Squadron leader Stuart Marshall and dental nurse private Naomi Kingsbury were called in to assist Zino, a 5-year-old Belgian Malinois, when Zino's handler noticed something was wrong.
Squadron leader Marshall and private Kingsbury are part of the dental team working at Kandahar Air Field, treating International Security Assistance Force personnel and dealing with all emergency cases, and have a close link to the Base Veterinary Surgery. Both Zino and his handler, Craig Vantonver from South Africa, specialise in explosive detection and patrol work.
Military working dogs play a significant role in counter insurgency and explosive device detection. Squadron leader Marshall said: 'The dogs do jobs our guys just can't do.'
Squadron leader Marshall and Lieutenant Colonel Stephen Kier, the US Army officer at the head of the dental clinic, successfully operated on Zino, removing an upper and lower molar. After the operation, squadron leader Marshall said: 'It’s brilliant, really interesting and nice to be doing something different. Dogs are really important out here and they do a lot of work. If they have a problem with their teeth then they can’t work, and their condition can quickly worsen.'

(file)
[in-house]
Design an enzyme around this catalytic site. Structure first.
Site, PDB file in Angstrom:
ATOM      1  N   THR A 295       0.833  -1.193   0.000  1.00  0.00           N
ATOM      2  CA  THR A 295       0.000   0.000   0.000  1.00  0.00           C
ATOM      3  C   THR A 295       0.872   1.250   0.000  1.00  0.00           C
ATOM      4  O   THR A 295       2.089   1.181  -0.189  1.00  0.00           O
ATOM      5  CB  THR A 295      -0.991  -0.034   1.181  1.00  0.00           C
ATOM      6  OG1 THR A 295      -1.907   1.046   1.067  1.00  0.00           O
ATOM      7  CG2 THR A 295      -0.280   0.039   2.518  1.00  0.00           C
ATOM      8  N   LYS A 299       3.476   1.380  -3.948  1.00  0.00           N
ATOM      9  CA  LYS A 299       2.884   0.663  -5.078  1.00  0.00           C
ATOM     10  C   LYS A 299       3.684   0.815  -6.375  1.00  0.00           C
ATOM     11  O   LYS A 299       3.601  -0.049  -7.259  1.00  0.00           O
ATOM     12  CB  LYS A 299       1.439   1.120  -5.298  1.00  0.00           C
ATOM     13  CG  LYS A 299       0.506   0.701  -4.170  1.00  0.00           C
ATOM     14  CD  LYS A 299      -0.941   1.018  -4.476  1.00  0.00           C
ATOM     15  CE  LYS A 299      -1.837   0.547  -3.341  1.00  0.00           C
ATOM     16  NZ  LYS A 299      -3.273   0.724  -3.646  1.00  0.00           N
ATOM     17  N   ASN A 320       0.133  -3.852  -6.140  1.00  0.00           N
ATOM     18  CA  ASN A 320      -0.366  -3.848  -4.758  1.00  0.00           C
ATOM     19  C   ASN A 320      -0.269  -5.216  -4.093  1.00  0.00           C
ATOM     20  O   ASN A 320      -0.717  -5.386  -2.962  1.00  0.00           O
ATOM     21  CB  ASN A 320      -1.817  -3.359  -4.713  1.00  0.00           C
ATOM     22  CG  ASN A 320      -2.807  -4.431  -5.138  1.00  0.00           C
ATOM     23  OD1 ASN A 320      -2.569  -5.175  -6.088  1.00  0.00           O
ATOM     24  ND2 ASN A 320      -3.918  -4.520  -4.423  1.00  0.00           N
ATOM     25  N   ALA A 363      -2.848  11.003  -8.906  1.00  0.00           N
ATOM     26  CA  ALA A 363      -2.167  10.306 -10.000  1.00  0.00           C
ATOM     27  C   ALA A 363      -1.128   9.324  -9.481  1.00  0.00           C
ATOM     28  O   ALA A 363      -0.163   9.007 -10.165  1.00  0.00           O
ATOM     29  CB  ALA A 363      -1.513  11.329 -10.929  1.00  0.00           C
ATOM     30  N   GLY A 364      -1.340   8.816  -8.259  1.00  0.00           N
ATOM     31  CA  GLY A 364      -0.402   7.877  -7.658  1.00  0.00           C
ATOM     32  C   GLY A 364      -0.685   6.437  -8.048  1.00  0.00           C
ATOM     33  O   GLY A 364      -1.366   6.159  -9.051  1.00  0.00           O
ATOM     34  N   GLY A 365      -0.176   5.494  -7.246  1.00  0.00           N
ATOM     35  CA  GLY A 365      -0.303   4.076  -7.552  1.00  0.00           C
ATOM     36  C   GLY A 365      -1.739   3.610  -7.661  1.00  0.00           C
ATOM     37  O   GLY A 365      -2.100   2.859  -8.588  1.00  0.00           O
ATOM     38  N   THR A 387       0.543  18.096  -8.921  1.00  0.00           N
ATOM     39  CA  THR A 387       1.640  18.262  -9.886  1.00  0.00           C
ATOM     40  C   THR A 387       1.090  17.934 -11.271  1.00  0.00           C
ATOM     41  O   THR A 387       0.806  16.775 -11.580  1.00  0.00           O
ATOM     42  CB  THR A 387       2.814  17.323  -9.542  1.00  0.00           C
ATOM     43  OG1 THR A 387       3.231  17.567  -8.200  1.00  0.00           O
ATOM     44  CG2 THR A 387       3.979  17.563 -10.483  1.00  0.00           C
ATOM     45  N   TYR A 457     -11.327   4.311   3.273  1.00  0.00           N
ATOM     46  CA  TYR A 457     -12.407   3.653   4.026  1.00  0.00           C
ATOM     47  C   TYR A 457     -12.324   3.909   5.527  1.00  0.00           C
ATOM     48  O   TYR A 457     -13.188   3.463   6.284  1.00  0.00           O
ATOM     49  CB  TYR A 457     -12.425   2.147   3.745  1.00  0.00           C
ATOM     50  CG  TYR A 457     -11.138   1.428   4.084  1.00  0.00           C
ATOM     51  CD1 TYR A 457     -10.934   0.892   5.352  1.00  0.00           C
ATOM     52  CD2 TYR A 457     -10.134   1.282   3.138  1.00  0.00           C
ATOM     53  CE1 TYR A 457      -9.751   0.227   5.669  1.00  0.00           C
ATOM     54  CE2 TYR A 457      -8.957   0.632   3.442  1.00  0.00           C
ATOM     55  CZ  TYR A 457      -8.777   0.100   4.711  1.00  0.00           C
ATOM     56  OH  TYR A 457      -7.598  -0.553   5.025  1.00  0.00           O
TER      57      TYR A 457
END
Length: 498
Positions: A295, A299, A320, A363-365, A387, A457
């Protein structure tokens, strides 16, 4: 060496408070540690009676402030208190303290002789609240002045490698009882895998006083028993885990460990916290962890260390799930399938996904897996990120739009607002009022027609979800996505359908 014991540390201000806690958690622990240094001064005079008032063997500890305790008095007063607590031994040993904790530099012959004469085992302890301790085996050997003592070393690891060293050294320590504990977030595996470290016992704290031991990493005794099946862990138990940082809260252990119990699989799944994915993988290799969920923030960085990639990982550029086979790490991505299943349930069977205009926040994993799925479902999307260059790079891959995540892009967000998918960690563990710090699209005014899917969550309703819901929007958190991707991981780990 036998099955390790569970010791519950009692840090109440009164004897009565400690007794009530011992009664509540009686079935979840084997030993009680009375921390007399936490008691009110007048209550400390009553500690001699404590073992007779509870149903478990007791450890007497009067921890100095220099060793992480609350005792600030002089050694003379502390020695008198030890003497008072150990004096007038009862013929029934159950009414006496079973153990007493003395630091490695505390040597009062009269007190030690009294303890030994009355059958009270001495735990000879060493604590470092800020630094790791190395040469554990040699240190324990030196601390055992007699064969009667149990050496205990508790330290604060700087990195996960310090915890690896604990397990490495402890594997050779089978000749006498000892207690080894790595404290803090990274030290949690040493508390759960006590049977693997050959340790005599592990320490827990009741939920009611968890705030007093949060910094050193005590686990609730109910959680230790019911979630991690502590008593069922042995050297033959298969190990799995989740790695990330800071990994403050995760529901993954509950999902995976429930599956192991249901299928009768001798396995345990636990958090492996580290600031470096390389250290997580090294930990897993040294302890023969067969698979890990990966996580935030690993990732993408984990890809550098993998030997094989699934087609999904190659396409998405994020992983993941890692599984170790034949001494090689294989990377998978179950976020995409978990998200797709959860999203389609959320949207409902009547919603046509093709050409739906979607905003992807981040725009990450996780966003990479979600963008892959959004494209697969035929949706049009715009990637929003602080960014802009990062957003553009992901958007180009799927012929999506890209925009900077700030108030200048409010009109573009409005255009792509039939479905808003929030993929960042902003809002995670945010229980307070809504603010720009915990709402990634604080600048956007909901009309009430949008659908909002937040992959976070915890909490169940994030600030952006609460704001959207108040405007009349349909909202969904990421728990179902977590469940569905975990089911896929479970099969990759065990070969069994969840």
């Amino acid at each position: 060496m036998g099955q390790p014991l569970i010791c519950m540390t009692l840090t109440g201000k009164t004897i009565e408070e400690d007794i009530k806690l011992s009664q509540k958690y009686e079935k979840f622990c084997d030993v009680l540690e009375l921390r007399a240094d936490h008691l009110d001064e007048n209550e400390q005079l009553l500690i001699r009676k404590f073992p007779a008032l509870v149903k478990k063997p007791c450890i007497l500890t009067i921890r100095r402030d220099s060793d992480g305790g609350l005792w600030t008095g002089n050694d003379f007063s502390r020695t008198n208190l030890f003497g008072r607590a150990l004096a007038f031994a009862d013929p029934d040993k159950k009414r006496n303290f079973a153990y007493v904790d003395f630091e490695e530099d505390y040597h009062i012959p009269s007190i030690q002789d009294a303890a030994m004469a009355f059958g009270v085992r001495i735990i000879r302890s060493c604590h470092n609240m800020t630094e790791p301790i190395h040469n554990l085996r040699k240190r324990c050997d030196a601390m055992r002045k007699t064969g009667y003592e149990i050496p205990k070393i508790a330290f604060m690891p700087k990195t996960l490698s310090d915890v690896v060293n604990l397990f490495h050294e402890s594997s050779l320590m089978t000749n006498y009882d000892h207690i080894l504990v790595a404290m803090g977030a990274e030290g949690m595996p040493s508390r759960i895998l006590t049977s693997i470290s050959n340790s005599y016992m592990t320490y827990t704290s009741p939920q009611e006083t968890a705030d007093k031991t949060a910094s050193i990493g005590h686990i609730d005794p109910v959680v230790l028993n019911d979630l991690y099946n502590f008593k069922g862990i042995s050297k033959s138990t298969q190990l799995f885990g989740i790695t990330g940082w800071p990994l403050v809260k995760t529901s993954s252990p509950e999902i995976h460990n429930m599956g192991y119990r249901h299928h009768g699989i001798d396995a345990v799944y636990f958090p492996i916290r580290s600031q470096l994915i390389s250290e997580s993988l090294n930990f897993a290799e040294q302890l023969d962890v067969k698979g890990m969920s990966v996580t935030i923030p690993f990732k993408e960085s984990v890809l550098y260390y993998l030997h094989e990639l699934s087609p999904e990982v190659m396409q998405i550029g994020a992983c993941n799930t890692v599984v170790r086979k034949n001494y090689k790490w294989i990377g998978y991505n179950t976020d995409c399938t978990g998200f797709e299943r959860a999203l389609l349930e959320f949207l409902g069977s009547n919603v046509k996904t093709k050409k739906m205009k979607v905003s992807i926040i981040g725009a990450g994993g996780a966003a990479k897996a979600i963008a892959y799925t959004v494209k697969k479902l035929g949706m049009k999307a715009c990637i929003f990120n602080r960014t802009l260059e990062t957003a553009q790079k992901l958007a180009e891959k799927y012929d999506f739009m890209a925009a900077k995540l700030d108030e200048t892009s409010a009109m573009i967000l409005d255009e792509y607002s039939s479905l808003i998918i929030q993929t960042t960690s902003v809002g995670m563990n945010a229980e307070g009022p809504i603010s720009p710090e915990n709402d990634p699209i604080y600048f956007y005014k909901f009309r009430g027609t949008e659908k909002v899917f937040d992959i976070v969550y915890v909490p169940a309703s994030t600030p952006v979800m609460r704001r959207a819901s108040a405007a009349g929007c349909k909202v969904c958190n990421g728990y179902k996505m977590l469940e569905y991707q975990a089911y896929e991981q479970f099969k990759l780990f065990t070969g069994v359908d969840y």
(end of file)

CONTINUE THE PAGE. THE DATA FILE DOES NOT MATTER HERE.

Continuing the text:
Zino's handler, Craig Vantonver, was incredibly grateful for the efforts of the dental team. He said: 'Squadron leader Marshall told me Zino should be back to his usual self within a week, and we hope to have him back doing detection work about one week later.
'Zino will have to get used to not having his back teeth pretty quickly; I reward him with his favourite toy… and he chews it with those teeth!'
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